No, Christians don't need to observe the Sabbath day (Saturday). In
ancient times, the Jews were required by the Old Testament Law to rest
on the Sabbath day (Exodus 16:23-29, 20:8-11, 31:14-16, 35:2-3,
Leviticus 16:31, 23:3-32, 24:8, 25:2-6, 26:34, Numbers 15:32, 28:9-10,
and Deuteronomy 5:12-15). However, Christians are freed from the Mosaic
Law of the Old Testament that the Jews were required to follow as a daily way of life.
Should We Observe the Sabbath Day (Saturday)?
As Christians, we don't live under the law, but rather under grace
(Romans 2:12-27, 3:19-31, 4:13-16, 5:13-20, 6:14-15). Romans 6:14 says "For sin
shall not be your master, because you are not under law, but under grace." Although everything
exists by the grace of God, through that grace He gave the Jews the Law
as a way of life. Although He manifested Himself to them by
grace, He still demanded that they keep the Law as rules for their
daily lives. They were required to offer sacrifices,
offerings, and tithes, to rest on Saturdays, and to obey hundreds of
other moral, civil, and religious laws. We Christians are
freed from the law, and now God not only reveals Himself through grace,
but he wants us to live according to grace as a way of life. We can
avoid the legalism of things like placing one day above the others by resting on the Sabbath day.
Galatians 4:10 and Colossians 2:16 illustrate this principle by showing
that since we're not under the law, we no longer must refrain from all
work on Saturdays, as was required of the Jews. The law was given to
make us conscious of sin
(Romans 3:20), and to teach us grace (Galatians 3:24), and once grace is learned, the
law is void because the love
of Jesus fulfilled the law for us (Romans 13:10). The Old Testament Jews obeyed God in order to receive
His blessings on their lives. We Christians obey God because
He already has blessed us. By receiving His grace, love,
and blessings, we want
to obey Him, and by the supernatural power of the Holy Spirit, we will obey Him (Romans 7:4). This is what is
so critical about grace. To learn grace (Galatians 3:24) and
to grow in grace (2 Peter 3:18) is our first step toward pleasing God
in this--His Age of Grace. God freed us from the law (Romans
6:14), and we are dead to the law (Romans 7:4). Living under
the law means living under a curse (Galatians 3:10), but Christ freed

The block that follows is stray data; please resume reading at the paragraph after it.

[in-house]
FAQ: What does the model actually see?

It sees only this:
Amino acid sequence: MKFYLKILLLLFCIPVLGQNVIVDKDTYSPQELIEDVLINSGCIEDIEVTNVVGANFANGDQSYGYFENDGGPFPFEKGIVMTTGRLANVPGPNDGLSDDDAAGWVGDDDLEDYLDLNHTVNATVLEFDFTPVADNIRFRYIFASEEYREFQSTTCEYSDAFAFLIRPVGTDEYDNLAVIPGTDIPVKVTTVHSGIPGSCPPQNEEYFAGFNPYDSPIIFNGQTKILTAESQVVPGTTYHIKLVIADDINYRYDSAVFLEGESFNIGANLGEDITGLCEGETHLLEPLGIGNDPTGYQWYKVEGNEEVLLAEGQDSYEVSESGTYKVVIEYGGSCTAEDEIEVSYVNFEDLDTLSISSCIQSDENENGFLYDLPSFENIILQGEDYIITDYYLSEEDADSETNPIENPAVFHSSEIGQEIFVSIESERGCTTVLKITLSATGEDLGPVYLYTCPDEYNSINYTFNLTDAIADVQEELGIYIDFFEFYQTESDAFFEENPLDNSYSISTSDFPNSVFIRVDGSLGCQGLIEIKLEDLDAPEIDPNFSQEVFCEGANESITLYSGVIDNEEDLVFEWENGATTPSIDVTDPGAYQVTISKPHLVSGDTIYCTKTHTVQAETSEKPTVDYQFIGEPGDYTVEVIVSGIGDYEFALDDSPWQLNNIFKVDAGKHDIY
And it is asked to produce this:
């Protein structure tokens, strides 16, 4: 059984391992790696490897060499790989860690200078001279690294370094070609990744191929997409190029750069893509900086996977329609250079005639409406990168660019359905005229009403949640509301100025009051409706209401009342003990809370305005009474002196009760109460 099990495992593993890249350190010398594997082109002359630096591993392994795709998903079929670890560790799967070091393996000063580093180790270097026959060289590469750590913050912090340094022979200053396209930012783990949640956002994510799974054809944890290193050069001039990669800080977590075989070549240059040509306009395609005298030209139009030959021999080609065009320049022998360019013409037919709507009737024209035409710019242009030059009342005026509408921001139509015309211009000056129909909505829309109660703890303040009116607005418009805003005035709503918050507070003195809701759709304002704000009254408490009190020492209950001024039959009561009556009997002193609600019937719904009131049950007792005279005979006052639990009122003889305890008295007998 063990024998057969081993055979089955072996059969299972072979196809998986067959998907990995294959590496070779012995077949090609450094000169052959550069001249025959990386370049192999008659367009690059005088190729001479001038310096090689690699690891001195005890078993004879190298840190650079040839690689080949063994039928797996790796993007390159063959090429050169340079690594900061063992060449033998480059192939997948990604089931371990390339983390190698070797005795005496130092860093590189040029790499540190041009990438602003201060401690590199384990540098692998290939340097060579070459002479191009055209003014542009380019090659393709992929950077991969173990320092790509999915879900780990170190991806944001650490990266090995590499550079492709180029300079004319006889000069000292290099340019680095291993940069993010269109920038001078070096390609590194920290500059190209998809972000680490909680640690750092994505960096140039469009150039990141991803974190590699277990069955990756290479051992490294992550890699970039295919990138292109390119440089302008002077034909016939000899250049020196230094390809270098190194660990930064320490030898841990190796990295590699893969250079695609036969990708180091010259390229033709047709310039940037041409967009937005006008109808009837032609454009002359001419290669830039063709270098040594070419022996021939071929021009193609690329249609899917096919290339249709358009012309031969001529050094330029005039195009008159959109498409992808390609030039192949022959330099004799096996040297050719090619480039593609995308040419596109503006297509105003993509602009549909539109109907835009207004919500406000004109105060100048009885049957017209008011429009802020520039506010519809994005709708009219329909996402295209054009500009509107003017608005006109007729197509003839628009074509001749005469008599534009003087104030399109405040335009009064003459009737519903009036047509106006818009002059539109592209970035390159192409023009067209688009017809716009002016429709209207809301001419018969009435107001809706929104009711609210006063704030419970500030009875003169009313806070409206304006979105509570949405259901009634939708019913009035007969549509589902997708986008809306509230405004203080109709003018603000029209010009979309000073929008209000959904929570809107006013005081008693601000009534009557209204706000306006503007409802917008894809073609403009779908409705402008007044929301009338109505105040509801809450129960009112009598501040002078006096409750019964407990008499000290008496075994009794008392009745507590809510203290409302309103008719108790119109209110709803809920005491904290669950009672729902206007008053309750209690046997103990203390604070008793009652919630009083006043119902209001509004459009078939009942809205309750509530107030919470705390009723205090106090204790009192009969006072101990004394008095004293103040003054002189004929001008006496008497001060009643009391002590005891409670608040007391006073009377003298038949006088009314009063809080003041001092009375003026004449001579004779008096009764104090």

us from that slavery to the law (Galatians 5:1).
Of course, much of the Old Testament law constituted a moral code, which for Christians today. For example, the seventh
commandment said not to commit adultery. Adultery is also forbidden for Christians today, as reiterated in 1 Corinthians 6:9-10.
However, the religious observances, such as resting on the Sabbath day, are not reiterated in the New Testament for Christians. In
fact, the observance of the Sabbath day is revoked in the New Testament. Colossians 2:16-17 says "Therefore do not let anyone judge
you by what you eat or drink, or with regard to a religious festival, a New Moon celebration or a Sabbath day. These are a shadow of
the things that were to come; the reality, however, is found in Christ."
The Ten Commandments were given to the Jewish people as a system of maintaining their freedom as a nation. They were given to
them right after they were freed from slavery in Egypt, and in order to remain free, they had to establish law and order. In this
way, the Ten Commandments are still valid. For example, if we didn't forbid stealing today, we would probably eventually lose our
freedom. However, the religious rituals of the Old Testament law are not valid for Christians today.
If we still lived by the Law as a way of life, we would still offer animal sacrifices, which would indicate that Christ wasn't sufficient
as our Passover sacrifice (1 Corinthians 5:7). The principles behind the Ten Commandments are still valid however. For example, it's
probably a good idea to rest on one day of the week, in order to regain our strength for continued work.
Some people today refer to Sunday as the Christian Sabbath, but this is
a poor analogy. Sunday is just a day the Church
has traditionally set aside for worship,
probably because Christ arose from the grave on a Sunday. However, by Colossians 1:16-17 above,
no day of the week or year is any more important than any other day.
Owen Weber 2009